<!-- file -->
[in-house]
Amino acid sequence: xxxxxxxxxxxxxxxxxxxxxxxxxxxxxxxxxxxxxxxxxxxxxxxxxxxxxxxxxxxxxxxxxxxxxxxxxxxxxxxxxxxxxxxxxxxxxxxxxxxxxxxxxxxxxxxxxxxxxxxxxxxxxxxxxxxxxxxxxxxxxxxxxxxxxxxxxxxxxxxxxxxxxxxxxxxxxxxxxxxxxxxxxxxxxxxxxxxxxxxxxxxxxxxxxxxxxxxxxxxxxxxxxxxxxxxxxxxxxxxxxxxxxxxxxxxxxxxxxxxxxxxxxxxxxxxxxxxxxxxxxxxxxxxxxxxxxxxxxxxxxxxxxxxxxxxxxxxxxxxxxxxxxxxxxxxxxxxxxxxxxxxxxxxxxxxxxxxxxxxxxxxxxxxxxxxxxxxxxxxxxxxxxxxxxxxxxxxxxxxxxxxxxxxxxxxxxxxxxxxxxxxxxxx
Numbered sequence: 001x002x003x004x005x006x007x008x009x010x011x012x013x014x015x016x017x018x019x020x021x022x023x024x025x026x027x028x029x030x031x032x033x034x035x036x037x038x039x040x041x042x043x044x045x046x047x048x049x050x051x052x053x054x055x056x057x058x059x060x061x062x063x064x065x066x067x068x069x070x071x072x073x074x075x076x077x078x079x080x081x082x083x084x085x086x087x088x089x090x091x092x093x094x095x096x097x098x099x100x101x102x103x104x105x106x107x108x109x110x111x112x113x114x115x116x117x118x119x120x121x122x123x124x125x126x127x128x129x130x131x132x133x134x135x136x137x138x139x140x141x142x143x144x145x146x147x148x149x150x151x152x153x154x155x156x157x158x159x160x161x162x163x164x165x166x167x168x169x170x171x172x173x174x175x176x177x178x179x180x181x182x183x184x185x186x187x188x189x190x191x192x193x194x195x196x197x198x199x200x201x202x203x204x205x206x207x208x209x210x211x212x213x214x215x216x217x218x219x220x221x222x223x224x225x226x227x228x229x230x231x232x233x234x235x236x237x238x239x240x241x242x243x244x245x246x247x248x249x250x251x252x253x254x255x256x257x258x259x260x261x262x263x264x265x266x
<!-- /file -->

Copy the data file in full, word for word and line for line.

[in-house]
Amino acid sequence: xxxxxxxxxxxxxxxxxxxxxxxxxxxxxxxxxxxxxxxxxxxxxxxxxxxxxxxxxxxxxxxxxxxxxxxxxxxxxxxxxxxxxxxxxxxxxxxxxxxxxxxxxxxxxxxxxxxxxxxxxxxxxxxxxxxxxxxxxxxxxxxxxxxxxxxxxxxxxxxxxxxxxxxxxxxxxxxxxxxxxxxxxxxxxxxxxxxxxxxxxxxxxxxxxxxxxxxxxxxxxxxxxxxxxxxxxxxxxxxxxxxxxxxxxxxxxxxxxxxxxxxxxxxxxxxxxxxxxxxxxxxxxxxxxxxxxxxxxxxxxxxxxxxxxxxxxxxxxxxxxxxxxxxxxxxxxxxxxxxxxxxxxxxxxxxxxxxxxxxxxxxxxxxxxxxxxxxxxxxxxxxxxxxxxxxxxxxxxxxxxxxxxxxxxxxxxxxxxxxxxxxxxxx
Numbered sequence: 001x002x003x004x005x006x007x008x009x010x011x012x013x014x015x016x017x018x019x020x021x022x023x024x025x026x027x028x029x030x031x032x033x034x035x036x037x038x039x040x041x042x043x044x045x046x047x048x049x050x051x052x053x054x055x056x057x058x059x060x061x062x063x064x065x066x067x068x069x070x071x072x073x074x075x076x077x078x079x080x081x082x083x084x085x086x087x088x089x090x091x092x093x094x095x096x097x098x099x100x101x102x103x104x105x106x107x108x109x110x111x112x113x114x115x116x117x118x119x120x121x122x123x124x125x126x127x128x129x130x131x132x133x134x135x136x137x138x139x140x141x142x143x144x145x146x147x148x149x150x151x152x153x154x155x156x157x158x159x160x161x162x163x164x165x166x167x168x169x170x171x172x173x174x175x176x177x178x179x180x181x182x183x184x185x186x187x188x189x190x191x192x193x194x195x196x197x198x199x200x201x202x203x204x205x206x207x208x209x210x211x212x213x214x215x216x217x218x219x220x221x222x223x224x225x226x227x228x229x230x231x232x233x234x235x236x237x238x239x240x241x242x243x244x245x246x247x248x249x250x251x252x253x254x255x256x257x258x259x260x261x262x263x264x265x266x